International eye in the sky

The Copernicus Earth-observation program delivers a steady stream of information about how the planet changes from day to day.

Run by the European Commission and the European Space Agency, Copernicus uses satellites called Sentinels that continuously monitor Earth from space and tools on the ground for calibration and cross-checking.

Geoscience Australia (GA) provides those tools in Australia: a network of precisely positioned “corner reflectors” across the continent to test the accuracy of radar satellite measurements, and sensors that measure gases in the atmosphere and properties of the land as the Sentinels pass overhead.

“GA is an important part of Copernicus,” says the organisation’s Medhavy Thankappan.

Governments and others use Copernicus information to improve environmental management, understand and mitigate the effects of climate change, and provide fast responses to emergencies.

“Our Digital Earth Australia program, and the Open Data Cube technology that drives it, depends on Copernicus data to detect physical changes across Australia such as soil and coastal erosion, crop growth, water quality and changes to cities and regions,” says Medhavy.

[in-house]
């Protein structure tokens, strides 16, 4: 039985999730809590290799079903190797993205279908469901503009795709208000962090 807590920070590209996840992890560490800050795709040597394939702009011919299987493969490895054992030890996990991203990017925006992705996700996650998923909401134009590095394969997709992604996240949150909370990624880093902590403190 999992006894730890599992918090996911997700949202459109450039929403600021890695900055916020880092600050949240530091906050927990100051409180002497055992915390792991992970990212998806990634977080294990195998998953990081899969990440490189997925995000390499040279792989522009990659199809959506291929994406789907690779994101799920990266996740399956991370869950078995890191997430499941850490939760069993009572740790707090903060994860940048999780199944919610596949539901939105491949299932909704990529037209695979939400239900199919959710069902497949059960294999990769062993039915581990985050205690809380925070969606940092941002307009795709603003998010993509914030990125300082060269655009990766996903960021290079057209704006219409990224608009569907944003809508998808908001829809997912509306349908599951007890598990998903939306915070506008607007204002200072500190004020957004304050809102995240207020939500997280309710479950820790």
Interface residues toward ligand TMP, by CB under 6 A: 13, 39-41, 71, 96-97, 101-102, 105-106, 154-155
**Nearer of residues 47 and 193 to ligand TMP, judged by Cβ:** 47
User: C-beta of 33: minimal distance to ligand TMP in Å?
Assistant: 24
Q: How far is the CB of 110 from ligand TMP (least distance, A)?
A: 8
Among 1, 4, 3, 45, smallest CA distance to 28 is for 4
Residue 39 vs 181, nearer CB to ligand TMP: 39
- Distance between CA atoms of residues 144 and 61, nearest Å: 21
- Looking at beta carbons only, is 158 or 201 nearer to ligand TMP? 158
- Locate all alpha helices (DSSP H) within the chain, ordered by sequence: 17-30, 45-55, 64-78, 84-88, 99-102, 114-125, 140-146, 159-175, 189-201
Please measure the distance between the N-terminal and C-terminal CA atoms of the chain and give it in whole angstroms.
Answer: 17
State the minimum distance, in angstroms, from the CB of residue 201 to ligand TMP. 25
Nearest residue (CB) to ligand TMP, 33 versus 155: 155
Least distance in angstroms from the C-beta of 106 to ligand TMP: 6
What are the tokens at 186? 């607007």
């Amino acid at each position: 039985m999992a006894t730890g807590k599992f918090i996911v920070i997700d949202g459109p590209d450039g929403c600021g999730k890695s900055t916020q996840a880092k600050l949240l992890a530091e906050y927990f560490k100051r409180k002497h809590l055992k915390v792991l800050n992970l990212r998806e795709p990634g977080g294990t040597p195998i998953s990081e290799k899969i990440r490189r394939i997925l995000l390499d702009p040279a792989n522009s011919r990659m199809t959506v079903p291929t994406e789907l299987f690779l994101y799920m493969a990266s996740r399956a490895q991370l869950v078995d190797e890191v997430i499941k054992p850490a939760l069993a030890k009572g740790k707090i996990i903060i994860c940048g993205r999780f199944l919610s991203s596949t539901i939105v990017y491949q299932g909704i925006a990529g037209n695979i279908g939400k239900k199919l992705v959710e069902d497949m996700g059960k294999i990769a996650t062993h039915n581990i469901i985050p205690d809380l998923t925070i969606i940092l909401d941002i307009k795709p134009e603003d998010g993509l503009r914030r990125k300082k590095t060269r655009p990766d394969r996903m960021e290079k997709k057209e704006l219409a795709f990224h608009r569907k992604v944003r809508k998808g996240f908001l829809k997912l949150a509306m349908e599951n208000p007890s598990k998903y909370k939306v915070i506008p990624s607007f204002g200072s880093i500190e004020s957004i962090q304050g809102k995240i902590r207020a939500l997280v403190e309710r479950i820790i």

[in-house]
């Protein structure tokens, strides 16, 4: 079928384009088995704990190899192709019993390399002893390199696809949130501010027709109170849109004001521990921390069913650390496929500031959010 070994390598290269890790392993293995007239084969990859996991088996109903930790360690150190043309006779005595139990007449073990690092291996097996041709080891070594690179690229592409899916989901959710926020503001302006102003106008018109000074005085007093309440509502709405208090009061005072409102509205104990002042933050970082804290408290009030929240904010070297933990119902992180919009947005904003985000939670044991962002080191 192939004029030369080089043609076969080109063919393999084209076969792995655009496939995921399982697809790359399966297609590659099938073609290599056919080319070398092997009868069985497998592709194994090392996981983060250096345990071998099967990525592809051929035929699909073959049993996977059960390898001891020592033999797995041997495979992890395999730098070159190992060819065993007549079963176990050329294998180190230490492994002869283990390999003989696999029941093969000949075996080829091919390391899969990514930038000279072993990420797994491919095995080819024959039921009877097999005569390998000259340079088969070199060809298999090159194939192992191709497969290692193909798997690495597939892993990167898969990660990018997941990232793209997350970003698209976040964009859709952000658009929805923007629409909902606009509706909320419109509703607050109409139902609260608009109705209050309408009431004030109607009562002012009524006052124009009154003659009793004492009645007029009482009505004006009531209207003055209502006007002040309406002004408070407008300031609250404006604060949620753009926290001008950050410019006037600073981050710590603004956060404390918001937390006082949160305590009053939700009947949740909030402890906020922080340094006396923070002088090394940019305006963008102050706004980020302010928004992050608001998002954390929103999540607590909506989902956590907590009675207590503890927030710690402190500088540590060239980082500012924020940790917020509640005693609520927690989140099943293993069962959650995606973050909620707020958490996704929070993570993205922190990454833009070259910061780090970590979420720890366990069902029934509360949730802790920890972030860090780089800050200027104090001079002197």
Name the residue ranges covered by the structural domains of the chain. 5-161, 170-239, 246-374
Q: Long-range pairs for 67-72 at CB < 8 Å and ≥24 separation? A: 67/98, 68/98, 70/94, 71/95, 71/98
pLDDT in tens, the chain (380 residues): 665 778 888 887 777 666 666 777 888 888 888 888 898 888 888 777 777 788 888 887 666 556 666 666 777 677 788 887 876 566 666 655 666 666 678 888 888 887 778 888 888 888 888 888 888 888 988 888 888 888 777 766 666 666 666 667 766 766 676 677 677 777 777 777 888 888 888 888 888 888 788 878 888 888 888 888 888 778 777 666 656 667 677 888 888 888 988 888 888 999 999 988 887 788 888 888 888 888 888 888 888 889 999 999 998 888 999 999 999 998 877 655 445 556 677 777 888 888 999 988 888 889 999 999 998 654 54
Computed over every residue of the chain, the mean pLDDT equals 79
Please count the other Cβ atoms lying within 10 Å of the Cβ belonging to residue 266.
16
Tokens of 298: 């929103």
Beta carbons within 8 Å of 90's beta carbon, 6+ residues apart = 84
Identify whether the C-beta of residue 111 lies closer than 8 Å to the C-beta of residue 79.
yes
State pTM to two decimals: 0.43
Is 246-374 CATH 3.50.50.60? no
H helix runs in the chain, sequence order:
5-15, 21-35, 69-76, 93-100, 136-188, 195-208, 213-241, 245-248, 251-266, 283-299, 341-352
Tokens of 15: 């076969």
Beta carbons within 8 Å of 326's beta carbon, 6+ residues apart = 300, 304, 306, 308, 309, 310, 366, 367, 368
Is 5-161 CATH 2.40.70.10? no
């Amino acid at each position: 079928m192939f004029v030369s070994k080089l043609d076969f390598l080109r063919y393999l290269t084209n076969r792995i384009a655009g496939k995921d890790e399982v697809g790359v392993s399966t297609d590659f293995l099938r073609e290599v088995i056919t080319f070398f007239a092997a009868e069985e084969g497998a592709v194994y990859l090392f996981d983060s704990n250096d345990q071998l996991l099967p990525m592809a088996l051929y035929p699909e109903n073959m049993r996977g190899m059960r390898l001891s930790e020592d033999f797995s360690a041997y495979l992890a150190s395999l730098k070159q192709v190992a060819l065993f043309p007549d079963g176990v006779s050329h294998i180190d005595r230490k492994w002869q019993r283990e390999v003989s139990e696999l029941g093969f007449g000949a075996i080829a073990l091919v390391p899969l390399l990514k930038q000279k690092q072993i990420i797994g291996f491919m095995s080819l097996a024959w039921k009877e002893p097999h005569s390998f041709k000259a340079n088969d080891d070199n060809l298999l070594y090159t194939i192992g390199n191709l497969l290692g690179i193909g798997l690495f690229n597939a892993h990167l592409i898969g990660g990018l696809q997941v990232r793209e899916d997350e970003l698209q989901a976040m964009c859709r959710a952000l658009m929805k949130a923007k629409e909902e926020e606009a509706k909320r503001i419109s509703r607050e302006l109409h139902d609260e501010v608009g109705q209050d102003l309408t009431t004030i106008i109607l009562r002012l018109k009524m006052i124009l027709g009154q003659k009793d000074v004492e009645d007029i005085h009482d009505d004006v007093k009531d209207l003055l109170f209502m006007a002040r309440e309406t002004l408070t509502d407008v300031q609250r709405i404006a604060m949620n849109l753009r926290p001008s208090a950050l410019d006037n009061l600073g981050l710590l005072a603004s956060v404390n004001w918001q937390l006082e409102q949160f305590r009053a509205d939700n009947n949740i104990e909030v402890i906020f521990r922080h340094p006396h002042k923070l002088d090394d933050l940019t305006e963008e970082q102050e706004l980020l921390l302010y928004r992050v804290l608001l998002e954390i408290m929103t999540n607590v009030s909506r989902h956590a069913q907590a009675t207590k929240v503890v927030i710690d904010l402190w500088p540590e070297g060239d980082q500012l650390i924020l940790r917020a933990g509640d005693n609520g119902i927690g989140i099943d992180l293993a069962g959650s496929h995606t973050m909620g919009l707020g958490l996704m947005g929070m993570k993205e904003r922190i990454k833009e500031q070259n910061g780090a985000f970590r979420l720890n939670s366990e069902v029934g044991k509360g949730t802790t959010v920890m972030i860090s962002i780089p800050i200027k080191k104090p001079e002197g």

“Another vital aspect of the Copernicus program is being able to share the data, and we are leading the world in ensuring the satellite data is ‘analysis ready’ and easier for commercial and scientific users to adopt for their particular application.”

To fully exploit the huge datasets generated by the Sentinels, GA supports a regional Hub that provides imagery for South-East Asia and the South Pacific. It also encourages links between European and Australian researchers and industry to exploit the data and create new scientific insights and commercial products and services.

Banner image: The Digital Earth Australia program monitors physical changes across the country. Credit: GA

In-content image: Intertidal Extents Model (ITEM). Credit: Digital Earth Australia